As account holders become increasingly addicted to the screens of their smartphones, tablets and computers, some small banks are hoping to establish big online presences to connect with them.
The Independent Community Bankers of America released two inaugural ranking sheets this week: "Top 50 Community Bank Leaders in Social Media" and "Top 20 Community Banker Influencers on Twitter."
"Social media opens the doors of opportunity even wider for community banks," Chris Lorence, ICBA executive vice president and chief marketing officer, said in a statement. "Consumers now expect fresh content, insight and consistent interaction with brands they are connected to online, and community banks are no exception."
I perused the list of banks, visited some of their social media channels and found a mixed bag of results. While some institutions posted fun pictures and information about new branch locations, I also stumbled across some banks that simply posted a number of updates that informed readers of scheduled website maintenance hours.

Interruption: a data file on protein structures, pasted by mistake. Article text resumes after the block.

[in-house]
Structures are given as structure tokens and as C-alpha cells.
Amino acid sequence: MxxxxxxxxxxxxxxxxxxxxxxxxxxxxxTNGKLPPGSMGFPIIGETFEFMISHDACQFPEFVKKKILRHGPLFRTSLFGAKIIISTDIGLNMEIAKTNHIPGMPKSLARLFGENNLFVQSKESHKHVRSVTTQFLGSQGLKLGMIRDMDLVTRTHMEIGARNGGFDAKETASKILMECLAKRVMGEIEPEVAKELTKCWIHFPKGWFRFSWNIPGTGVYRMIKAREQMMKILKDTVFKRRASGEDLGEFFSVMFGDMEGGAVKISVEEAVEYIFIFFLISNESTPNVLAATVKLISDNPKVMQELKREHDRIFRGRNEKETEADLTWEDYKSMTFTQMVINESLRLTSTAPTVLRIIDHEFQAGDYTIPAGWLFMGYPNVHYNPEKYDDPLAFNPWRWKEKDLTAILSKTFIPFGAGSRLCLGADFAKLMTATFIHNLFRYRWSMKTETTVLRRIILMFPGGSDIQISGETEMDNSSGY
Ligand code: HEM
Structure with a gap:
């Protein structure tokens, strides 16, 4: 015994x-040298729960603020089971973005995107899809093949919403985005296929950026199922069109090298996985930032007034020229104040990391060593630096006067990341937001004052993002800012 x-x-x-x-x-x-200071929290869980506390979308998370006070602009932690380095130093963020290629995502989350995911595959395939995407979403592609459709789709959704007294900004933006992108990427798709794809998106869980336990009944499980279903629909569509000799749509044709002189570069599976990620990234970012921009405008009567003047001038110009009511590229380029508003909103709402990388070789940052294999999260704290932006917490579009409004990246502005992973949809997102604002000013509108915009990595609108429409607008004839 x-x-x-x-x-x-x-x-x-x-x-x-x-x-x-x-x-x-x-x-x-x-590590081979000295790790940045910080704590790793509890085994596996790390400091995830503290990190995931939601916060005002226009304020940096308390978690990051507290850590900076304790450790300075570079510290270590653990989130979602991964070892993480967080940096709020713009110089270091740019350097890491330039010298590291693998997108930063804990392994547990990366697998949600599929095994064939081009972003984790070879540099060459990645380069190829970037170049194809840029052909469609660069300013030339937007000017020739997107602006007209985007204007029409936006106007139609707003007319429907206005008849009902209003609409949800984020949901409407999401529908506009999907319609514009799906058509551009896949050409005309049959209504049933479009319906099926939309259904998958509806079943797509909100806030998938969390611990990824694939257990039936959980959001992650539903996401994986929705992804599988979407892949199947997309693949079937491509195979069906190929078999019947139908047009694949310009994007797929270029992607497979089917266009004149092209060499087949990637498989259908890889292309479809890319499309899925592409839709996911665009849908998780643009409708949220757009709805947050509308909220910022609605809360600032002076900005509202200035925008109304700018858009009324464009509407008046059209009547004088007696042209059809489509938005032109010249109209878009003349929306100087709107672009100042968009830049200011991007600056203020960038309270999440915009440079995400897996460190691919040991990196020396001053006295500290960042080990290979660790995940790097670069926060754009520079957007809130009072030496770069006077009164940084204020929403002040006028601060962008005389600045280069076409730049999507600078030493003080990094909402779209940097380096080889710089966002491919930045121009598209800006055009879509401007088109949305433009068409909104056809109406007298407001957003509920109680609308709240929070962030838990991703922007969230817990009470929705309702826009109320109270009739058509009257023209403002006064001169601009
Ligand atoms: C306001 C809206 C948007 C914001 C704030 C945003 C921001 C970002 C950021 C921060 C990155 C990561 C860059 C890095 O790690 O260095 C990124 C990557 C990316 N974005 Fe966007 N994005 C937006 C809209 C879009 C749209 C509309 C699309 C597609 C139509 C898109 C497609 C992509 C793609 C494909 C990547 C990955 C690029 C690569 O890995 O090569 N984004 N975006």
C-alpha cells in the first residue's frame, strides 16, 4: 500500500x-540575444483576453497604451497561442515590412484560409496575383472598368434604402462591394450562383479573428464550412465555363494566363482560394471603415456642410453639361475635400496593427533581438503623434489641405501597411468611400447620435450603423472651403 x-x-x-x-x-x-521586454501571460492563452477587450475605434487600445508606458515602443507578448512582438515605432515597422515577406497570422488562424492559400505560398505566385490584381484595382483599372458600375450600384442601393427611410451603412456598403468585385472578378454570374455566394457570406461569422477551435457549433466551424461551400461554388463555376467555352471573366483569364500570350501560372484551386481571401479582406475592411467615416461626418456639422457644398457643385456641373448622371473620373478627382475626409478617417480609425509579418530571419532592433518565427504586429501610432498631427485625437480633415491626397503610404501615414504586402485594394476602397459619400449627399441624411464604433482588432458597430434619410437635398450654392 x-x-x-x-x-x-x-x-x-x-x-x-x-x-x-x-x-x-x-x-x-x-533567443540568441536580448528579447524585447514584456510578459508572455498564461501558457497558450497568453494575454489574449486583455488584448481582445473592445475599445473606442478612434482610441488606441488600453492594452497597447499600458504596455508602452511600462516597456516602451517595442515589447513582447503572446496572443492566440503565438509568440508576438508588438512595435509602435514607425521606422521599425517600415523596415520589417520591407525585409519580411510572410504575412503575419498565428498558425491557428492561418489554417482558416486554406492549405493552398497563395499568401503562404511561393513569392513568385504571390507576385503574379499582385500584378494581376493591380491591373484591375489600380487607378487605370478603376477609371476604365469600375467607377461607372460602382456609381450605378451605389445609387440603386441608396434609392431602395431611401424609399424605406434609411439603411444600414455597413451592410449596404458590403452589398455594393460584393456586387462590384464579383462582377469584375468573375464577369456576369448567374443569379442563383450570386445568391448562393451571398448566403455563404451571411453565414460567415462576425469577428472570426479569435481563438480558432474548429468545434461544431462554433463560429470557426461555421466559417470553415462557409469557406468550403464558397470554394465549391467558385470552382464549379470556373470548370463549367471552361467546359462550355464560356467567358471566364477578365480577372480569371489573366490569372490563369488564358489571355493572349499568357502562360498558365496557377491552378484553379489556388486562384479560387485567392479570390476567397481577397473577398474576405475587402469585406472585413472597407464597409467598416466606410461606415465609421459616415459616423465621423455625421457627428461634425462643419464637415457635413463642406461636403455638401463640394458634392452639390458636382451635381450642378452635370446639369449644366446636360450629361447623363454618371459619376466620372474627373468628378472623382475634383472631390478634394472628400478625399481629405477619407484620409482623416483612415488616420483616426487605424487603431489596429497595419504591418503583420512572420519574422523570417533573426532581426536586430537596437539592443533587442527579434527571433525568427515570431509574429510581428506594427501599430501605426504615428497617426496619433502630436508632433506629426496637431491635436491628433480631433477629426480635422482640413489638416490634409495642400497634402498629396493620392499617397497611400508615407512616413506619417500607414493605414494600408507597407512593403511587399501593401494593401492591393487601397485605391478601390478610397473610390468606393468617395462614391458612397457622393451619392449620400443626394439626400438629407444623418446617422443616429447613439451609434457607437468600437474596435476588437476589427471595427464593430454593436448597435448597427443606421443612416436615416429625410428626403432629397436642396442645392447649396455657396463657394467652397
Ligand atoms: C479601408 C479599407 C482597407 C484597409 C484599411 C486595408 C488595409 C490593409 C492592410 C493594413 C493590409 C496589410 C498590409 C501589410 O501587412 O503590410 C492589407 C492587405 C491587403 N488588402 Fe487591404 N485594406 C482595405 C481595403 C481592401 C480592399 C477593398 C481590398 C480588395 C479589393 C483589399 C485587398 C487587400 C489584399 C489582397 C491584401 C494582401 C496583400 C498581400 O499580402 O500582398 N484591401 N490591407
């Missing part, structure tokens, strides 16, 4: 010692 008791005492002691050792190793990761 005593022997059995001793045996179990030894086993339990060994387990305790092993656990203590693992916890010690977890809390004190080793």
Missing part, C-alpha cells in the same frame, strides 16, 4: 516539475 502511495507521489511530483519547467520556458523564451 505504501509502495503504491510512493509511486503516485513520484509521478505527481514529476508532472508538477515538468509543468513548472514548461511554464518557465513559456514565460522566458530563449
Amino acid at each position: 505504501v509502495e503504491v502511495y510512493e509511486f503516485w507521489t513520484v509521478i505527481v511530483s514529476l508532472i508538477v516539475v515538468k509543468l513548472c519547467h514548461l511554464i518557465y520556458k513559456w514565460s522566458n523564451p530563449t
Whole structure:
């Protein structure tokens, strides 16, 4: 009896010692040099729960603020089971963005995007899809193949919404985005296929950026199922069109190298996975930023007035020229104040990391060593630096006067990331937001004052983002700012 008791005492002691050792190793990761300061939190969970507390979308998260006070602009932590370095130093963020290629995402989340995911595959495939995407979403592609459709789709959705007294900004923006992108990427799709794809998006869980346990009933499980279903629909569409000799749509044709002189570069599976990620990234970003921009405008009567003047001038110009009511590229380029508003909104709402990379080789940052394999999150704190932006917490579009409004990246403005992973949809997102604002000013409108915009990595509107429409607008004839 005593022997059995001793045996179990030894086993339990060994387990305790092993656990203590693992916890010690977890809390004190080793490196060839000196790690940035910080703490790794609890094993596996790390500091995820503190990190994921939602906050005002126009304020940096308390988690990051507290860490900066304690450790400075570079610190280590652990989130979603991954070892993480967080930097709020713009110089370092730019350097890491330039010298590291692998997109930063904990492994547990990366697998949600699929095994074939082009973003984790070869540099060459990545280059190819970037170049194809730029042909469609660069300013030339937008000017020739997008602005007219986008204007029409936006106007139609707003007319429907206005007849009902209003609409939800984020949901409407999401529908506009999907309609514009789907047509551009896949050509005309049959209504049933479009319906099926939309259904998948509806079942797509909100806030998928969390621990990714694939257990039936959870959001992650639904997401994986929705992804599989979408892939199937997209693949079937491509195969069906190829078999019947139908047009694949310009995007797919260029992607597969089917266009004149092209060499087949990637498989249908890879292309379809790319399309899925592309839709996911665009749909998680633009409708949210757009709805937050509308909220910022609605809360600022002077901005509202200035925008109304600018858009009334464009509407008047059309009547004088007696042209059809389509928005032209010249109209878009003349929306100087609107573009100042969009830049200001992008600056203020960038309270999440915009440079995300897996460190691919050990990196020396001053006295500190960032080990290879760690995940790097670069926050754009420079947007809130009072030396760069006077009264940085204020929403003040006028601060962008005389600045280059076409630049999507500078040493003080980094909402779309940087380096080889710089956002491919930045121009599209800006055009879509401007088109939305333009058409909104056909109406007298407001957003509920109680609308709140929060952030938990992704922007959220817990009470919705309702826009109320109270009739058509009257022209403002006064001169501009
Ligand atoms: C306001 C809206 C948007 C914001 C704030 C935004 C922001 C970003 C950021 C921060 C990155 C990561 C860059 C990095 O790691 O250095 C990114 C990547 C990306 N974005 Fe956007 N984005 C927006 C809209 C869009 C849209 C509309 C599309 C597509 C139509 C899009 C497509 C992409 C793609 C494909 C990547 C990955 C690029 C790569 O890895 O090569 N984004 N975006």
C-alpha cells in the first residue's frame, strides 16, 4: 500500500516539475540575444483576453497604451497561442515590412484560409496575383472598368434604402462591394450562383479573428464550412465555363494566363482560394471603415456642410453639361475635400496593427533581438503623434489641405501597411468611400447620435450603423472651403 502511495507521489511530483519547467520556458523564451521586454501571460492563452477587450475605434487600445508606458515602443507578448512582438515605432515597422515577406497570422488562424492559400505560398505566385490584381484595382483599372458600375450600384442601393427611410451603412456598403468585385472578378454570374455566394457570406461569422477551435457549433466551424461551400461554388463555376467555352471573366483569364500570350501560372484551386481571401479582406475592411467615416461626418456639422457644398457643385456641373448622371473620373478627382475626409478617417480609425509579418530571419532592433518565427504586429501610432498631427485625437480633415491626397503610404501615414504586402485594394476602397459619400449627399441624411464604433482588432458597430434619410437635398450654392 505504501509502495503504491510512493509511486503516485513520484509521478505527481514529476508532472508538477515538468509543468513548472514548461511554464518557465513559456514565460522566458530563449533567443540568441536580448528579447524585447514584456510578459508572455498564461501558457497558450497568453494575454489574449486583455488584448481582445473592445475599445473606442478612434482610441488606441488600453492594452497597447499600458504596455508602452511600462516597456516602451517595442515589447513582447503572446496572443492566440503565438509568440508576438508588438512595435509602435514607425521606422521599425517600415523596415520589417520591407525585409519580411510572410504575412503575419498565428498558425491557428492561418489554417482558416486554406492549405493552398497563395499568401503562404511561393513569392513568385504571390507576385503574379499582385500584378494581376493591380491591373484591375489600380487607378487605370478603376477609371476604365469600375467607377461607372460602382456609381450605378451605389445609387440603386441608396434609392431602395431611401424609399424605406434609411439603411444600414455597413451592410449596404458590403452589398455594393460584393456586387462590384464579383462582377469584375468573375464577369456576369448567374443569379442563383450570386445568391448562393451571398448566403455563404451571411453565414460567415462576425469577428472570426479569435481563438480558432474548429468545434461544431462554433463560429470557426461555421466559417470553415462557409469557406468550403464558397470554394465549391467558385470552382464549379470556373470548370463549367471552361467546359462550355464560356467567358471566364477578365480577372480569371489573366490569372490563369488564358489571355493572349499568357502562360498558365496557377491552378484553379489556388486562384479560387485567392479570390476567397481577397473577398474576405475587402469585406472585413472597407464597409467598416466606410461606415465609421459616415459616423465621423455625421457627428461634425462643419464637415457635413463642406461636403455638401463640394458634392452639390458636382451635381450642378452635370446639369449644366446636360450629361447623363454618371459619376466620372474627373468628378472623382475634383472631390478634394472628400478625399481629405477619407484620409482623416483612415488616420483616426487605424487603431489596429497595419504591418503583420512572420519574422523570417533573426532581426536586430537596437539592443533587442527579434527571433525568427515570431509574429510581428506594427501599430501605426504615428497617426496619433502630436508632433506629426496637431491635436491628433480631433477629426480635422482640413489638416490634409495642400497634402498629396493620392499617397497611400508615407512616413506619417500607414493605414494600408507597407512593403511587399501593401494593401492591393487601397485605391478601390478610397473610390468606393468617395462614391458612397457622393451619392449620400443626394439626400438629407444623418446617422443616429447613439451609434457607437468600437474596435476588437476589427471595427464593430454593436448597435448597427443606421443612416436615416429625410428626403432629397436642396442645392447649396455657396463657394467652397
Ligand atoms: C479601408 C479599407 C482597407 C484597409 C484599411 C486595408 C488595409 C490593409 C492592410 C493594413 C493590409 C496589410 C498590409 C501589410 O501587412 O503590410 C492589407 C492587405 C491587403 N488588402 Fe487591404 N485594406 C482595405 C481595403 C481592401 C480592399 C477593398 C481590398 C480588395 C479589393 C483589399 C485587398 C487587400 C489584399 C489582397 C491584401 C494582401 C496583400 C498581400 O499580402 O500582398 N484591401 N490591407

Social media is an area where members of the banking industry, both big and small, have struggled. The need for consistent monitoring means that financial institutions need to hire employees who are solely dedicated to responding to customer inquiries and complaints. As more online users grow accustomed to getting answers immediately, social media puts pressure on banks to deliver faster service.
I expect that many of the country's 7,000-plus community banks will continue to face challenges simply because they have limited resources. However, if they can keep their customers happy, small banking institutions may be able to avoid some of the tougher consequences of the online world that big banks have faced. Consider two real page names I just found with a quick search on Facebook: "JPMorgan Chase is Evil" and "Bank of America Sucks."
What do you think of banks popping up in your news feed? Do you care if your institution is active on social media?